The project started out as the “proposed bike bridge” as part of the Cambie Corridor project back in 2008 was in its planning stages. Then, when the project was complete in 2009, the bike bridge was the “new bike bridge” and its description became part of the day’s news. Now, a few years later, the feature is simply “the bike bridge” and having the content in the area of the website where Vancouver describes its cycling routes, pedestrian walkways, and where the bridge and its features are described provides a different context to visitors who may not head for the Green Vancouver area but are keenly interested in cycling.
If that example doesn’t resonate, think of the furniture giant, IKEA. Their catalogues are a good example of content curation. The catalogues have pages of storage units, pages of accessories, and pages of specific furniture types – sofas, chairs, tables – so you can contrast and compare like products. Those same items are often shown on “room” pages, where a particular room type is staged, with a storage unit, a sofa, a chair, and a couple of tables, so you can see how those items in context of a living room, bedroom, or den.
In organizations that don’t depend on their websites for their livelihood, there is often a mandate and clear responsibility for one department – perhaps even an assigned author – to create content while the project is in its planning stage. Then there will be clear responsibility for one department – and an assigned author – to create a news release when the project goes live. But there is often no clear responsibility, nor authorship, to transition the content to its best place(s) on a website for the long-term. In corporations where website content has a direct effect on the bottom line, there is immense attention paid to the presentation of content in whatever context will promote product perusal and ultimately sales.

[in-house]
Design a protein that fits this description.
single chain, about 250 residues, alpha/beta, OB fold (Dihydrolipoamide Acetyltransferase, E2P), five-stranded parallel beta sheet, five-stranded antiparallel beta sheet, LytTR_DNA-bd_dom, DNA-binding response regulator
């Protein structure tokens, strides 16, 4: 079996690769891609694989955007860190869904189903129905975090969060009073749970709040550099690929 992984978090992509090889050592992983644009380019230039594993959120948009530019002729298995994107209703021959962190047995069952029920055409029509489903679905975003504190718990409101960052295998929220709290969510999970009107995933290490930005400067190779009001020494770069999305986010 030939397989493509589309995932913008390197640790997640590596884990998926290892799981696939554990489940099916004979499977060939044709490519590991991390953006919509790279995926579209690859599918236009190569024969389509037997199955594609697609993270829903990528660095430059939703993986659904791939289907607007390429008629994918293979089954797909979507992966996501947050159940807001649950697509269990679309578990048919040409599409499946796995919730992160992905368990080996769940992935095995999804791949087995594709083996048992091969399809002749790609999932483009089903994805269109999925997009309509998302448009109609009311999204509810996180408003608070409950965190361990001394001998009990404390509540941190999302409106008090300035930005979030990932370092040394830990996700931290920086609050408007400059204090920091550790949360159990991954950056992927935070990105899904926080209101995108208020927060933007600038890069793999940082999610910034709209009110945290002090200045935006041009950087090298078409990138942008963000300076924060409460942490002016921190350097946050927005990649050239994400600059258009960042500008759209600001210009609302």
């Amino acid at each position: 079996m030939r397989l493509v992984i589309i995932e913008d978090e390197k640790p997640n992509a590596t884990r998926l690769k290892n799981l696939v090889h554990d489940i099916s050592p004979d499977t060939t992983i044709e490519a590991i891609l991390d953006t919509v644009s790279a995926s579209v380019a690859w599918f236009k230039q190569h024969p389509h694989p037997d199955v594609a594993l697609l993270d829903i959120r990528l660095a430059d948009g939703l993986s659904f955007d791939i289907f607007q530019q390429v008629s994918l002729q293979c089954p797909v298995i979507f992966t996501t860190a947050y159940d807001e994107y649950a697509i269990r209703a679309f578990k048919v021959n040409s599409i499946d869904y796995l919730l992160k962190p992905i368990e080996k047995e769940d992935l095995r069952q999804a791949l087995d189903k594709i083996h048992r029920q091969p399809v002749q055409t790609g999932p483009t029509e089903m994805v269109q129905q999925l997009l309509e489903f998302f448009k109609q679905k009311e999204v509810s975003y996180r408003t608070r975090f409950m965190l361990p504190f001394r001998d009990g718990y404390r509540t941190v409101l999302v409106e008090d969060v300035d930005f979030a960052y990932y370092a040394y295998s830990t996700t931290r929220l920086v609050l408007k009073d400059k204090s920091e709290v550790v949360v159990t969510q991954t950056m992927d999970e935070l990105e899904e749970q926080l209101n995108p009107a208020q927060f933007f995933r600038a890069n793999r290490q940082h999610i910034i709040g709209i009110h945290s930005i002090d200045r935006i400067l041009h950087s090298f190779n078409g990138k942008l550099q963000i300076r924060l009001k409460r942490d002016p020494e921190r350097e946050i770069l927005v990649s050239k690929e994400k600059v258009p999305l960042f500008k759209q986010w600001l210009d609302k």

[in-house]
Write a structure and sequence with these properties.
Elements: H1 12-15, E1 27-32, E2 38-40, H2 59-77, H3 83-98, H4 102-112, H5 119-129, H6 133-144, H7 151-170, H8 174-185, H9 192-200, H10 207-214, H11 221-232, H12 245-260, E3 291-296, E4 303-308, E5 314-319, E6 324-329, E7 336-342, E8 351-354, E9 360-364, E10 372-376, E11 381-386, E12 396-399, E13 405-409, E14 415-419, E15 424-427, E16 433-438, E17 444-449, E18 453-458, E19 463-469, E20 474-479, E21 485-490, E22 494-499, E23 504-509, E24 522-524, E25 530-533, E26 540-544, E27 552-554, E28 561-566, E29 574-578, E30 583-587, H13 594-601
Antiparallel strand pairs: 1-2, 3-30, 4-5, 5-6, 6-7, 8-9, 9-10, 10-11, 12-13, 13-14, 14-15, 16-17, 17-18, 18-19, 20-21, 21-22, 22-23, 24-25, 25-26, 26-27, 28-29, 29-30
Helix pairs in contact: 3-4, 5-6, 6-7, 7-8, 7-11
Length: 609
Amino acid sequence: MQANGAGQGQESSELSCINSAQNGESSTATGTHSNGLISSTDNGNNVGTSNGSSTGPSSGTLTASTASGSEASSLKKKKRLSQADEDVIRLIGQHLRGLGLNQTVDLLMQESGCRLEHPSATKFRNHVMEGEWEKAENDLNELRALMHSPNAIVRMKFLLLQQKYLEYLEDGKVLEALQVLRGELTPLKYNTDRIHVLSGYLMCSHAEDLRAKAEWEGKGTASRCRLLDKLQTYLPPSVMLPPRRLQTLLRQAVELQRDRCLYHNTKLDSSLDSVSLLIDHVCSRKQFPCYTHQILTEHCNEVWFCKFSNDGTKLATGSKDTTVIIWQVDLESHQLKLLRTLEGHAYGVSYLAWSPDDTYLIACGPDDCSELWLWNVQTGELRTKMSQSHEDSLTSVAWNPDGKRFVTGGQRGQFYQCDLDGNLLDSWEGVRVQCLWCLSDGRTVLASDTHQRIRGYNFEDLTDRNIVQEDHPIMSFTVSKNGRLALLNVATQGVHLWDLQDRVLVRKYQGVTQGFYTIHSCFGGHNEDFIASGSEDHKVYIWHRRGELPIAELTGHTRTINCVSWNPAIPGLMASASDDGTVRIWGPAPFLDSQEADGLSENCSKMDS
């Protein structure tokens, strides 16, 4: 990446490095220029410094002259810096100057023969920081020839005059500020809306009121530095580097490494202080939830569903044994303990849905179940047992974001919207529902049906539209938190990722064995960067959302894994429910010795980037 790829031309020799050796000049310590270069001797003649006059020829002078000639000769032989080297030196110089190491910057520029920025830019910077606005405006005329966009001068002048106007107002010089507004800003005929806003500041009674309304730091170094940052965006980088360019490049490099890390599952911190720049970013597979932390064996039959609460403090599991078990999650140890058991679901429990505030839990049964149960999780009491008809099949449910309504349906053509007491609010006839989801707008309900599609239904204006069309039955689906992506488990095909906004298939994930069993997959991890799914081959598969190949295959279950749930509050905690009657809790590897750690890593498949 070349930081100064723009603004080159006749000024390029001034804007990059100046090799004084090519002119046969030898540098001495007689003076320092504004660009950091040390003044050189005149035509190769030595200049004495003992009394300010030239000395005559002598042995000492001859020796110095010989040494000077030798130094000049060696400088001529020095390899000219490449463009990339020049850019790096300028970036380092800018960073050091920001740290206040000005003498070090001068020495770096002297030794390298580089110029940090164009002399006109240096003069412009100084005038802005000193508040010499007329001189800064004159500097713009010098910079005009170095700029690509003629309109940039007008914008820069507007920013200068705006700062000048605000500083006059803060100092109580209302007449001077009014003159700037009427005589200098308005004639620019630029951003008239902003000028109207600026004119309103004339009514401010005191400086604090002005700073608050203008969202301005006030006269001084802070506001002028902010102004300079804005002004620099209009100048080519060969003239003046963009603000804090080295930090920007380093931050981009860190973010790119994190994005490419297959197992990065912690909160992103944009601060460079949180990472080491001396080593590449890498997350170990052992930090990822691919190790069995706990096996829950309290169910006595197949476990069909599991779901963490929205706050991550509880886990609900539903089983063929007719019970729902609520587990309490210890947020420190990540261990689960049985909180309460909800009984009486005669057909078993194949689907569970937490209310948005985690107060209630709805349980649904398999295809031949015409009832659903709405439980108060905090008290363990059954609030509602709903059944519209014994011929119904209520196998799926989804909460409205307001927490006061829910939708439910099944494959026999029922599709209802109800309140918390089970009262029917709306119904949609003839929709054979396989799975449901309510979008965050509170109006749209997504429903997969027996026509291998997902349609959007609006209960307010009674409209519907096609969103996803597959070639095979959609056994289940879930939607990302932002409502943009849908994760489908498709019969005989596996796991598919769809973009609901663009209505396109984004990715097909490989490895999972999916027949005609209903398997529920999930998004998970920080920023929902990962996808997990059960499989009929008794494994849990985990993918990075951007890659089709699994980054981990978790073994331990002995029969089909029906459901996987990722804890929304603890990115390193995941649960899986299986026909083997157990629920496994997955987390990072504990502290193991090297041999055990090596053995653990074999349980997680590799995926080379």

This is where content curators come in. This is part of how an organization tells its “story” and provides perspective on itself, its products or services, and its operations. The writers with responsibility for the overall story, mandated with keeping an eye on the entire body of content, need to have the view, the authority, and the vision to be able to keep on top of content throughout its transitions, and ensure that the content is present, accurate, and in current context. This is no small feat, as any content strategist will tell you. It means maintaining liaisons with all stakeholder groups, and being able to do the content justice as it move through one content lifecycle and into the next iteration.
The idea of content curation is nothing new to communications professionals, whether it was known by that term or by jargon of another industry. What is changing is the growing amount of content that organizations are expecting to have curated. Content “clean-up” has a much different connotation than content curation. The former has been treated as a low-level task, given to a junior staff member or even an intern. That latter is treated as a task worthy of a senior staffer, who understands the corporate vision and digital strategy, and can implement it through careful content selection and placement. In a time of growing complexity of content variations – different geographic destinations, different languages, different platforms, different interfaces – organizations are discovering that ensuring this responsibility is held at an appropriately senior level is a good investment.